Informalism, informe
Informalism, informel (from the French art informel) is a trend in abstract art that arose in the second half of the 40s of the 20th century in France, as the…

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Hyperrealism, photorealism, superrealism
Hyperrealism, photorealism, superrealism - a style in painting and sculpture, based on the photorealization of the object. Hyperrealism arose in the USA in the middle of the 20th century. The…

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Luchism
Luchism (rayonismus, from the French.rayon - ray) is an art school in Russian art of the 1910s, associated with the names of Mikhail Larionov and Natalia Goncharova. In 1913, at…

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academism

Op art

Op art (from English op art, short for optical art – optical art) is a neo-avant-garde trend in the visual arts, one of the later modifications of abstract art. In op art, the effects of spatial displacement, merging, and “hovering” of forms were achieved by introducing sharp color and tonal contrasts, rhythmic repetitions, intersecting spiral and lattice configurations, curving lines.

The basis of op-art is in the artistically organized optical effects (effects of spatial displacement, hovering, fusion of forms), which were achieved by geometrized combinations of lines and spots with the introduction of sharp color and tonal contrasts, rhythmic repeats, wriggling lines, the intersection of spiral and trellised configurations. The use of mirrors, lenses, trembling metal plates and wires, installations of changing light, dynamic structures, enhances the effect of exposure, creates a special aesthetic environment, achieving a high degree of abstraction from the concrete. Continue reading

Neorealism

Neorealism is an art movement that was developed in the visual arts in the middle of the 20th century in a number of European countries and in the United States, whose representatives, against the backdrop of modernist art, proclaimed a return to the realistic values ​​of traditional visual forms.

This movement was initiated by the Fronte Nuovo Delle Arti, founded in 1946, which brought together anti-fascist artists from various fields, from realism to abstract art. Their goal was to overcome the pessimism of the post-war world and call for a return to art expressing universal values. In 1950, the association broke up, and the realists created an independent group, which included Renato Guttuso, Gabriele Muki, Ernesto Trekkani, Armando Pizzinato. Continue reading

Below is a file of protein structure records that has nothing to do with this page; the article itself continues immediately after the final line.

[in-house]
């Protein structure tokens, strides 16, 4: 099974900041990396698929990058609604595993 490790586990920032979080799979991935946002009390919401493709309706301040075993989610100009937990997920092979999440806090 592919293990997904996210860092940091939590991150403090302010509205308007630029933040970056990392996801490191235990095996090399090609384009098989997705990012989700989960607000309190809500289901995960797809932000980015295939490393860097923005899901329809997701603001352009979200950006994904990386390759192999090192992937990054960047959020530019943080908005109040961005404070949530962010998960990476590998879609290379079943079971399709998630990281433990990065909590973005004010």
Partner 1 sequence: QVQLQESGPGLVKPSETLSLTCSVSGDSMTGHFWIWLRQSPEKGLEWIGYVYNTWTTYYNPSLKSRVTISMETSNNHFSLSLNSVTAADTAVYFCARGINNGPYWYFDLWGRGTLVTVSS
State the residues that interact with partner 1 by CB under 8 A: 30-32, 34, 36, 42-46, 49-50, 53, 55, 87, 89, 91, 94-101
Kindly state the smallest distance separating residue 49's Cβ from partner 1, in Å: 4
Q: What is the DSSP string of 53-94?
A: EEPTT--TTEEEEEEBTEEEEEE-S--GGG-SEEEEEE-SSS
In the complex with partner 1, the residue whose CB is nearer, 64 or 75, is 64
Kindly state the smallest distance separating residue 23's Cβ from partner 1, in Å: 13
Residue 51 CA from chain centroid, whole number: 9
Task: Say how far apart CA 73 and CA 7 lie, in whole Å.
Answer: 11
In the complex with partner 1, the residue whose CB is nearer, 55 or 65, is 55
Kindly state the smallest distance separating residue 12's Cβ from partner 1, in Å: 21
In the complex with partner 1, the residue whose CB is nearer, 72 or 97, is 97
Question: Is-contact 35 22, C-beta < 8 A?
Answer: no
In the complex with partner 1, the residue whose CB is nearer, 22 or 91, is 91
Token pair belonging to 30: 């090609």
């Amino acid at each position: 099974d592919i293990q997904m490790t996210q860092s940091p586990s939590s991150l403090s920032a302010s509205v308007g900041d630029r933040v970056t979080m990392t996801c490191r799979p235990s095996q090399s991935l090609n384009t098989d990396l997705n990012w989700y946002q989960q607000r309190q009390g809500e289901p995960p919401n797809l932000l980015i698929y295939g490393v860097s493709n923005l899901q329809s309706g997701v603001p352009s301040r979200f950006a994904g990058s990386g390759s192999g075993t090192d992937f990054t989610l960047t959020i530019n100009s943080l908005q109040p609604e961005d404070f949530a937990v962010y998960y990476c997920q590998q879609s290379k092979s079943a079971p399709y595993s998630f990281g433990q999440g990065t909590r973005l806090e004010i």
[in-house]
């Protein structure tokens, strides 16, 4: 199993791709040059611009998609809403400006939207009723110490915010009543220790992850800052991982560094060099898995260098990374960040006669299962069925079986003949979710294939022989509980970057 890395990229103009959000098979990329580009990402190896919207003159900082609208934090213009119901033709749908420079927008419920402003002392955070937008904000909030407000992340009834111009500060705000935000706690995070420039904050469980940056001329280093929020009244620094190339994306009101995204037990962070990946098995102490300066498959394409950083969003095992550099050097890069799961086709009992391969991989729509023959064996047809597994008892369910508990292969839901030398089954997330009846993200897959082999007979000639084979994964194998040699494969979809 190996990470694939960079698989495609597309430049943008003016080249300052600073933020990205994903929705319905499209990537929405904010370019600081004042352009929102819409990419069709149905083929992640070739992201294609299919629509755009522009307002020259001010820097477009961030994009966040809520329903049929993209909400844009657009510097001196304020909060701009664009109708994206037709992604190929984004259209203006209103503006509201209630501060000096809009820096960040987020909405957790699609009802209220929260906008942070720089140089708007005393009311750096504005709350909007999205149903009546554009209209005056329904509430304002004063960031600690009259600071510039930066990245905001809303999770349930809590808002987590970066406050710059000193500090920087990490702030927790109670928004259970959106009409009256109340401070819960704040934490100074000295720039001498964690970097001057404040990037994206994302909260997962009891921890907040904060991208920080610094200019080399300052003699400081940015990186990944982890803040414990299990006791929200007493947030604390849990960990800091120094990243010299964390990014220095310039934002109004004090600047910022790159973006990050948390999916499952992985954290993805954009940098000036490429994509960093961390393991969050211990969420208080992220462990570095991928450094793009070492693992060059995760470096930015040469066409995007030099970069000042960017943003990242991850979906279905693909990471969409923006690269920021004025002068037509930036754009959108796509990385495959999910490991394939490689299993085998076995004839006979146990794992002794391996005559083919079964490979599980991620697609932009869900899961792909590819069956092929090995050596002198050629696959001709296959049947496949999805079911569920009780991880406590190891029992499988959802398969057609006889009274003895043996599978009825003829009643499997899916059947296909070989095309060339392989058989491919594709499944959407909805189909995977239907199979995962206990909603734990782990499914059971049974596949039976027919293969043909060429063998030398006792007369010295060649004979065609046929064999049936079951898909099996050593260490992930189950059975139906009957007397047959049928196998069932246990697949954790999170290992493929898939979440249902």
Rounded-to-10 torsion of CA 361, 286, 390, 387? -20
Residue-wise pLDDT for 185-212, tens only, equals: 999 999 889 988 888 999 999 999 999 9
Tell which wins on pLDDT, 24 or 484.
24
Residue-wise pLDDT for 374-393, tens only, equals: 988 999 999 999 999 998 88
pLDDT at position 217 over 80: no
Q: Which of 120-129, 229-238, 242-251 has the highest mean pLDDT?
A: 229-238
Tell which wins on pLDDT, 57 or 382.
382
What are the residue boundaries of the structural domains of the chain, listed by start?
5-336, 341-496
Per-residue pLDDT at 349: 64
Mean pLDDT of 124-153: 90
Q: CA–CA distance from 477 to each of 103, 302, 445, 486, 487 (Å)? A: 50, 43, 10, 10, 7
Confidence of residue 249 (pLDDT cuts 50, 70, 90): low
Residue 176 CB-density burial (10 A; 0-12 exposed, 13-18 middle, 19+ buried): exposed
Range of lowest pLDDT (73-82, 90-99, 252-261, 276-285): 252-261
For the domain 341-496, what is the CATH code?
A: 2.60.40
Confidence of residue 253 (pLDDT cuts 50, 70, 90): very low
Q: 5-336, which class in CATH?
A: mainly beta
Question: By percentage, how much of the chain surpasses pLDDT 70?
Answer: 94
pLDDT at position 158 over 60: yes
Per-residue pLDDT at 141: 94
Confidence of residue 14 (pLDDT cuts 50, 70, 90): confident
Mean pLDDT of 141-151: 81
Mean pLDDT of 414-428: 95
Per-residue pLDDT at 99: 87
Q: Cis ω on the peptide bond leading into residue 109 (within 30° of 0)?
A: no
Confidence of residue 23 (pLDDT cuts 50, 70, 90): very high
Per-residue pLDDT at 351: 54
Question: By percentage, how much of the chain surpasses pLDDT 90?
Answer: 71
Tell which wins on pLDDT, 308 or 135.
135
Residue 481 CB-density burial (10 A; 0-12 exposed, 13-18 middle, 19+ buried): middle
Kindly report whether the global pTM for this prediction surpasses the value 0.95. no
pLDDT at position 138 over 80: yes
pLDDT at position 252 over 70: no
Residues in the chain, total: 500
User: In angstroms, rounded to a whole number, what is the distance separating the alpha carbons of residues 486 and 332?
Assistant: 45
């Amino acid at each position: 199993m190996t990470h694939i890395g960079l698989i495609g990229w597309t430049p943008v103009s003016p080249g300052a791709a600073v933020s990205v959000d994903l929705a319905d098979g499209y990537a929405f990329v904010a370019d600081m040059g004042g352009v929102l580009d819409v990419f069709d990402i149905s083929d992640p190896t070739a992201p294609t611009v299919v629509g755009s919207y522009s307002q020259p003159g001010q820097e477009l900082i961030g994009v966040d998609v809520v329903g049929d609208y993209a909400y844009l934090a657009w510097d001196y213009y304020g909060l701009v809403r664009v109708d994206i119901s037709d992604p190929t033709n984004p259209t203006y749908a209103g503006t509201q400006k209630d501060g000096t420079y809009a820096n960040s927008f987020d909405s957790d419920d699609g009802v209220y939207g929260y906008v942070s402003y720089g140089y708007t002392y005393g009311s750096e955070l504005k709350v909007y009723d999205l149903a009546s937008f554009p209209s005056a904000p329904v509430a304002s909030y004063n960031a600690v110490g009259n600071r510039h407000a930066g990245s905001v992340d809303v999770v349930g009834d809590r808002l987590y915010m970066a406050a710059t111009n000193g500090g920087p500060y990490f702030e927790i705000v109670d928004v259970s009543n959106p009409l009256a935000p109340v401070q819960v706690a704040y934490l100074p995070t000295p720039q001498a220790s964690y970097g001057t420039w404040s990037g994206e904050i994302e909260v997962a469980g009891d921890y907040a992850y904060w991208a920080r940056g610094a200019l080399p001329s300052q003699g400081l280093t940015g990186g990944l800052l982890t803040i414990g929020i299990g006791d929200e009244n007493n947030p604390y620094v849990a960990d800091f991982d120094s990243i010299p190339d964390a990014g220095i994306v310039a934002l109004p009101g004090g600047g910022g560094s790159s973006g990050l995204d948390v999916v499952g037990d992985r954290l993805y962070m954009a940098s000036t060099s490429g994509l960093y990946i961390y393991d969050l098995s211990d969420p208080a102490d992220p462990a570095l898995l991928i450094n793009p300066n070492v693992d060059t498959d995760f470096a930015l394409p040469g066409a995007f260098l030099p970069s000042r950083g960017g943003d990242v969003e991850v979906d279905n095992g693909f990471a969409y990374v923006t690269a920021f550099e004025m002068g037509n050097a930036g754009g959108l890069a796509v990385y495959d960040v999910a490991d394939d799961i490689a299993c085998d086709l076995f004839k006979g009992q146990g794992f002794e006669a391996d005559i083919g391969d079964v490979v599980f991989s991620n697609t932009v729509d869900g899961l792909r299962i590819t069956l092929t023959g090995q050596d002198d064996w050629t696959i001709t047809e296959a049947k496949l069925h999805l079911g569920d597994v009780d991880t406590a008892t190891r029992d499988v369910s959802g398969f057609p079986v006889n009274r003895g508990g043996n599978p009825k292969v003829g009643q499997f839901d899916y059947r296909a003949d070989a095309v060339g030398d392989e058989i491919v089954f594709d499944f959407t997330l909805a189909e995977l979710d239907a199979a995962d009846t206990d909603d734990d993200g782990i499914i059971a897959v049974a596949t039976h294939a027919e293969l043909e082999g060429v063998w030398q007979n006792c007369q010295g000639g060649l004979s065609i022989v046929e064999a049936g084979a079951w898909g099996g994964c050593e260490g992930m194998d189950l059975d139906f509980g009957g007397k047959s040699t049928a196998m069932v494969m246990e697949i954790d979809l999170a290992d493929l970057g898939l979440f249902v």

Primitivism

Primitivism. Naive art (From lat. Primitivus – the first, earliest) is the general name of the work of unprofessional artists of the late XIX-XX centuries, not familiar with literacy and consciously cultivating a certain “incorrectness” of their works. This is not just about unprofessional art, but about artists involved in the general art process of that time, who had some influence on contemporary professional art. Primitive artists include A. Russo, K. Bombois, L. Serafin, N. Pirosmani and others who have gained worldwide fame.

Sometimes primitivism is understood as the conscious use of primitive art forms in the work of professional artists: children’s drawings, folk art, art of other, usually exotic cultures.

Neo-primitivism. Continue reading

Art Nouveau
Art Nouveau (from the French art nouveau, literally - new art) is the name of the modern style common in many countries (Belgium, France, England, the USA, etc.). The most…

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The new materiality
The new materiality (German Neue Sachlichkeit) is an art movement in German art of the 1920s - early 1930s, which represented the tradition of neoclassicism in the general context of…

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Hard edges painting
Hard edges painting (from the English hard edge) is the direction of abstract painting of the 2nd half of the 20th century, in which color spots are separated by hard…

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Anachronism
Anachronism (from the Greek. Ana - back and hronos - time), another name - hyper-Mannerism - one of the directions of postmodernism, offering an author's interpretation of the art of…

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